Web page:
New Research Confirms Extensive Private Data Sharing Between Android Apps
Android apps commonly share data between each other, but new research from cyber security researchers at Virginia Tech details the extent to which personal, private info is freely exchanged.
The findings, released Monday, has confirmed what the tech industry already suspected about app data on Android devices. The first to provide a systemic look at the phenomenon, New Scientist reported, the study examined 110,150 apps on the Google play store to find 23,495 exchanged data without the user’s knowledge.
“Researchers were aware that apps may talk to one another in some way, shape, or form,” said Assistant Professor Gang Wang in a statement. “What this study shows undeniably with real-world evidence over and over again is that app behavior, whether it is intentional or not, can pose a security breach depending on the kinds of apps you have on your phone.”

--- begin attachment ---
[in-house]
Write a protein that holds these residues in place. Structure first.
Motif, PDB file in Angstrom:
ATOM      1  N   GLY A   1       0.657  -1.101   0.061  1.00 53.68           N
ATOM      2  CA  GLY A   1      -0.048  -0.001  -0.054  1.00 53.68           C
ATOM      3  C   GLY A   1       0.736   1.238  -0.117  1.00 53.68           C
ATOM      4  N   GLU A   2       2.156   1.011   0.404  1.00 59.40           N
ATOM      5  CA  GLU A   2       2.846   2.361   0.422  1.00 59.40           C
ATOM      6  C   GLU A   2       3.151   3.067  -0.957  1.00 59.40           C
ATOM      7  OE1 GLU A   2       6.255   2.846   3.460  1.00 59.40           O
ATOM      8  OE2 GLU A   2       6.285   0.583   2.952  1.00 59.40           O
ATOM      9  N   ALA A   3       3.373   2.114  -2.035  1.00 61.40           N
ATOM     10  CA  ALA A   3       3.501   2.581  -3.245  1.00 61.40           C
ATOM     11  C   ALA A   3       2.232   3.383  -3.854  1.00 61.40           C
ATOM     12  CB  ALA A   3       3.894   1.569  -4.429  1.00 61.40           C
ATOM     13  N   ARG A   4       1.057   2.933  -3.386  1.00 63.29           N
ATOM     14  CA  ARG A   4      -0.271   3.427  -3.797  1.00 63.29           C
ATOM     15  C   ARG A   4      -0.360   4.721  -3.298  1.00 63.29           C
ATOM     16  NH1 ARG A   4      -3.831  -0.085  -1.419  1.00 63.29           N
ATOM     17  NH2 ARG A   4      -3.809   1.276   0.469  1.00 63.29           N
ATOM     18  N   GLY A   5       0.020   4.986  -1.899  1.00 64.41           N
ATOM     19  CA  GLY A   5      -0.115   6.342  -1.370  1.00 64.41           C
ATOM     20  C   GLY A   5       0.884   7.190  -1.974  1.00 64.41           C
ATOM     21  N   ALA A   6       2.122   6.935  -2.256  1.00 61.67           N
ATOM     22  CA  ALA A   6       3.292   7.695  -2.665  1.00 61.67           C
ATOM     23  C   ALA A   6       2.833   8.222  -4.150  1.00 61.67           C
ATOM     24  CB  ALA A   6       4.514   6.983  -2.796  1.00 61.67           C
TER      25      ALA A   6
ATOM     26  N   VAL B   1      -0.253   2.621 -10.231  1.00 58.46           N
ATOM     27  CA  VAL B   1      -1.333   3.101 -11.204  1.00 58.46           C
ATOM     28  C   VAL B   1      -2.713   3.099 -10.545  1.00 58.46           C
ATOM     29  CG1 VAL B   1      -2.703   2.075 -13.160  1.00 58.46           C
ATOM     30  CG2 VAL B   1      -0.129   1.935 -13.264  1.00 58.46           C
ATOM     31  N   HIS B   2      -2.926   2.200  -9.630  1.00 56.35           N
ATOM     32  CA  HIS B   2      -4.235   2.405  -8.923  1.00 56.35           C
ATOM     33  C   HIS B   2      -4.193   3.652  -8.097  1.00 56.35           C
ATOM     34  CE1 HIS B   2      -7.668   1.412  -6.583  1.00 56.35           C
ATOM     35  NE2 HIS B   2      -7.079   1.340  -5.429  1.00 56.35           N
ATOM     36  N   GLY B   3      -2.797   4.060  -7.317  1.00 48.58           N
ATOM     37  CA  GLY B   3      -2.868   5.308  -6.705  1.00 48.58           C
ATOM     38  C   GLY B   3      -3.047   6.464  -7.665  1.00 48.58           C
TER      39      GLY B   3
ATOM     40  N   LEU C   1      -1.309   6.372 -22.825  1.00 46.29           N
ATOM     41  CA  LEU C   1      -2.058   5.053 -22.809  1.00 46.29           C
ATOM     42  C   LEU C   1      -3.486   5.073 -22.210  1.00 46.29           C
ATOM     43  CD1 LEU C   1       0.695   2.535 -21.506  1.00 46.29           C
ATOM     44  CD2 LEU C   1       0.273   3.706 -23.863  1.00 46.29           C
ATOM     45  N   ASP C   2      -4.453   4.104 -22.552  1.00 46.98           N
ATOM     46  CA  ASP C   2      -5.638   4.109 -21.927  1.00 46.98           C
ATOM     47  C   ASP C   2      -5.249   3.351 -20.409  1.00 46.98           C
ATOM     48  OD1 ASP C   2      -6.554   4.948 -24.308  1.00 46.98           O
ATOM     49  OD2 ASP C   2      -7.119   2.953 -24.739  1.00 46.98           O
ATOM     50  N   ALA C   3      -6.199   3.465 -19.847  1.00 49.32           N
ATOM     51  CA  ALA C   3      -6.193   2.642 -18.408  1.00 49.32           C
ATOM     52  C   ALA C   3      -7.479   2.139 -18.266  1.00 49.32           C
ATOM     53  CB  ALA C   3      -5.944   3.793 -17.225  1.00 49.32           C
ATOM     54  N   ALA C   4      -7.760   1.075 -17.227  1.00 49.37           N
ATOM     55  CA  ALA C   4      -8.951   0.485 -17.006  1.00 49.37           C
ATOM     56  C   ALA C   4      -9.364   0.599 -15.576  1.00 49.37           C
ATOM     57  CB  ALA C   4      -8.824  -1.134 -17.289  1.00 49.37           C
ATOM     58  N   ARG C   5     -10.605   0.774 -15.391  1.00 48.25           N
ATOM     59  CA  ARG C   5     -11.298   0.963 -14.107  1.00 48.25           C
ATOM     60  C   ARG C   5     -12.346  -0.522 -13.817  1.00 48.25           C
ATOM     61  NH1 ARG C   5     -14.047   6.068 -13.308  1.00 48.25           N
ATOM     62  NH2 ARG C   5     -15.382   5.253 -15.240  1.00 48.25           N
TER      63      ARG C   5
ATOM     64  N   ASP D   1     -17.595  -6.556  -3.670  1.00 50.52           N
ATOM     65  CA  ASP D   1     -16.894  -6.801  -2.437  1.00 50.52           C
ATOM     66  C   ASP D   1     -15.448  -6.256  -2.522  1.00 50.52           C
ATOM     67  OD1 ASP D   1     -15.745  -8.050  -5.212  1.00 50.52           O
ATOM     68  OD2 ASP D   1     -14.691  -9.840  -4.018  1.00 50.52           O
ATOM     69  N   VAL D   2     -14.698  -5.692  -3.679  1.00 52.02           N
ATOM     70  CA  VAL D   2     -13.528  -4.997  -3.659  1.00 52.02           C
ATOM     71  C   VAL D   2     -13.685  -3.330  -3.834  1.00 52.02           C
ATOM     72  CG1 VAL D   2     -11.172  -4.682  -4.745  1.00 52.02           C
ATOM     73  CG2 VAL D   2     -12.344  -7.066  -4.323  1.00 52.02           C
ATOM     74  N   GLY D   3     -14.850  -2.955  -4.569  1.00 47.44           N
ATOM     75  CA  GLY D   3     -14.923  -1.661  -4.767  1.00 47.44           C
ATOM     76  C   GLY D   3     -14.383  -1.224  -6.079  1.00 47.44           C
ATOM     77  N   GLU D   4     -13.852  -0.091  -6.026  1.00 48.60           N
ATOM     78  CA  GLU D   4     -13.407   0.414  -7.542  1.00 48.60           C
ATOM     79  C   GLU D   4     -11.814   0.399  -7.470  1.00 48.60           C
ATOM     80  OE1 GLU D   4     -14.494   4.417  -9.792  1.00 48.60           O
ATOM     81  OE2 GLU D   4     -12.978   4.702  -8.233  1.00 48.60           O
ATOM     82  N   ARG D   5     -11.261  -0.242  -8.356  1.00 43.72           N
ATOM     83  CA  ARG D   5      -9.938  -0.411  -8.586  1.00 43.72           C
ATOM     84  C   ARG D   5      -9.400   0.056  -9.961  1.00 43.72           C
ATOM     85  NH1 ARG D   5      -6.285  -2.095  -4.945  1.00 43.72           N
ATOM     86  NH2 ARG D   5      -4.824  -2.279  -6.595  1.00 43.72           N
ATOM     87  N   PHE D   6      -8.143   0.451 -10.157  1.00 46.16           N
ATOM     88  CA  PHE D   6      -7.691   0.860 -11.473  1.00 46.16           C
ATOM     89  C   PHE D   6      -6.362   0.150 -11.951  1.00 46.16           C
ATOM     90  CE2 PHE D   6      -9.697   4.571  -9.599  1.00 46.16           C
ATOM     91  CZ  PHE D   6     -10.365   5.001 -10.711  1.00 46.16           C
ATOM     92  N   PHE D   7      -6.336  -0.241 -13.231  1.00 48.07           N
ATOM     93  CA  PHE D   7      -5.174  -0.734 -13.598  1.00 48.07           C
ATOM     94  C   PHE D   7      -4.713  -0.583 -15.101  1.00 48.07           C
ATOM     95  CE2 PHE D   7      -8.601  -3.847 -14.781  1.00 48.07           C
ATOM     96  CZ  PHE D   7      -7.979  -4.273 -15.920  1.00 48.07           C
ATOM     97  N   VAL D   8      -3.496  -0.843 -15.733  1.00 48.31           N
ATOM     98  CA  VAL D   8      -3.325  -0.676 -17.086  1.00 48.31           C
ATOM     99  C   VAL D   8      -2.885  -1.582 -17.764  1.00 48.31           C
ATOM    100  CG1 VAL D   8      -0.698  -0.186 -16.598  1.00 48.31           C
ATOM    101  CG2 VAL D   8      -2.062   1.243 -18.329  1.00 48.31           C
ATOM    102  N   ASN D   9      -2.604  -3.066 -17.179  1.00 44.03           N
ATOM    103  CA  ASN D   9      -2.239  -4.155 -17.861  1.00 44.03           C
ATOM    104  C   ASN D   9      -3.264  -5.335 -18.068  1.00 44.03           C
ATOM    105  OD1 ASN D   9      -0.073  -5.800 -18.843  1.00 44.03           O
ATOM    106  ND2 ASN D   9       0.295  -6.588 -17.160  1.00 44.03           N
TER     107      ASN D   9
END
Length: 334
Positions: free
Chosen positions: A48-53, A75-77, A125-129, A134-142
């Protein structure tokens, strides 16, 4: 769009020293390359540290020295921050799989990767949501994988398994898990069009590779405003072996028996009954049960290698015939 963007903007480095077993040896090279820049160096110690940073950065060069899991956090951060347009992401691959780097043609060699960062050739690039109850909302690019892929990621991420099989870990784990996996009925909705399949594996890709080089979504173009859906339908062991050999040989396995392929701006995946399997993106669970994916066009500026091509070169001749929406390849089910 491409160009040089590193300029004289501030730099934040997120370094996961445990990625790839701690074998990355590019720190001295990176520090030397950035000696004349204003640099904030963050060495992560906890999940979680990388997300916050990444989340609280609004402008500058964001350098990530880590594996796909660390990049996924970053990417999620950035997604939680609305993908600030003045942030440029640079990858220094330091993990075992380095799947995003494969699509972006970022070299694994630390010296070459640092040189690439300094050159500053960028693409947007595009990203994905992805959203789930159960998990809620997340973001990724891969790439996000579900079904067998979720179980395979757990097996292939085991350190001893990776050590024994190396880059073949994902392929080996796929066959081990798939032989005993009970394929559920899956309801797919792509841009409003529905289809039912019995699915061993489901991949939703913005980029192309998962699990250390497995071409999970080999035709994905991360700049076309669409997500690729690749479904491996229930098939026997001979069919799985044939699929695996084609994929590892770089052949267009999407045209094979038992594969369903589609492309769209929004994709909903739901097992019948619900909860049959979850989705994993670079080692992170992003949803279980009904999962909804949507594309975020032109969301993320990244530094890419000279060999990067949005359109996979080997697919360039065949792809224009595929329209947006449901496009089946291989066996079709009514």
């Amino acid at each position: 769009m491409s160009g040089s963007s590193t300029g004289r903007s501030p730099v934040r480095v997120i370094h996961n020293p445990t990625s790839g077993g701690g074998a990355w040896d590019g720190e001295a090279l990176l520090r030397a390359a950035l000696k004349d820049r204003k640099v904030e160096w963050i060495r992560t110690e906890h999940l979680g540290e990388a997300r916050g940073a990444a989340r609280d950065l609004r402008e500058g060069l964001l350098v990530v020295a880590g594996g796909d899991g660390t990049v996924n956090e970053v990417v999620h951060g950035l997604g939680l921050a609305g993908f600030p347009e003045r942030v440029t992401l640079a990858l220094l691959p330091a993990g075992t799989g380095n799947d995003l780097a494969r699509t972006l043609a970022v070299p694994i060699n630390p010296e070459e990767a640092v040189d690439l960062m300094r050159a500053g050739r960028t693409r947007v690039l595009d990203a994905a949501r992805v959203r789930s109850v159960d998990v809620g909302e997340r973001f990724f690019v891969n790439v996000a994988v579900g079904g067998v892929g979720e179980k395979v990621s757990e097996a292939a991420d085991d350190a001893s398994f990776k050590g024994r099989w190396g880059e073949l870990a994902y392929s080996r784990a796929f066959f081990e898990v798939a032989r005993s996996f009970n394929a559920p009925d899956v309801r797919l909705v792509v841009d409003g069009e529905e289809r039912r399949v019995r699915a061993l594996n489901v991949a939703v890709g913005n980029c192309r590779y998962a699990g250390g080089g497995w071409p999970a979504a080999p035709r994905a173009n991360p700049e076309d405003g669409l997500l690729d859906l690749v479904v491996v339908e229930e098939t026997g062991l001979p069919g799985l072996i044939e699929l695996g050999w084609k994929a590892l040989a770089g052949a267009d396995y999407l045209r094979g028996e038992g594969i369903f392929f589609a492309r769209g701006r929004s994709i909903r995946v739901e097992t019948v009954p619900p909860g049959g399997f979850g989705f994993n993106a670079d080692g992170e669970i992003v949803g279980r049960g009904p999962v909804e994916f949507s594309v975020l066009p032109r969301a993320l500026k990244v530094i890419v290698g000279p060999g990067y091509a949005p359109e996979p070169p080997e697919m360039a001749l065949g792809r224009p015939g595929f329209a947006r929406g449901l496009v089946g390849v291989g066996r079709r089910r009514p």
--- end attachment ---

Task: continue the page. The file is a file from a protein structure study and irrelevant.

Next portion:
Users of apps, whether they know it or not, enter a Hobbesian contract, giving up a sliver of privacy in exchange for whatever service the app may offer. Most don’t have issues with this trade, but problems arise when that data isn’t protected or is used as an entry point for malicious cyber activity.
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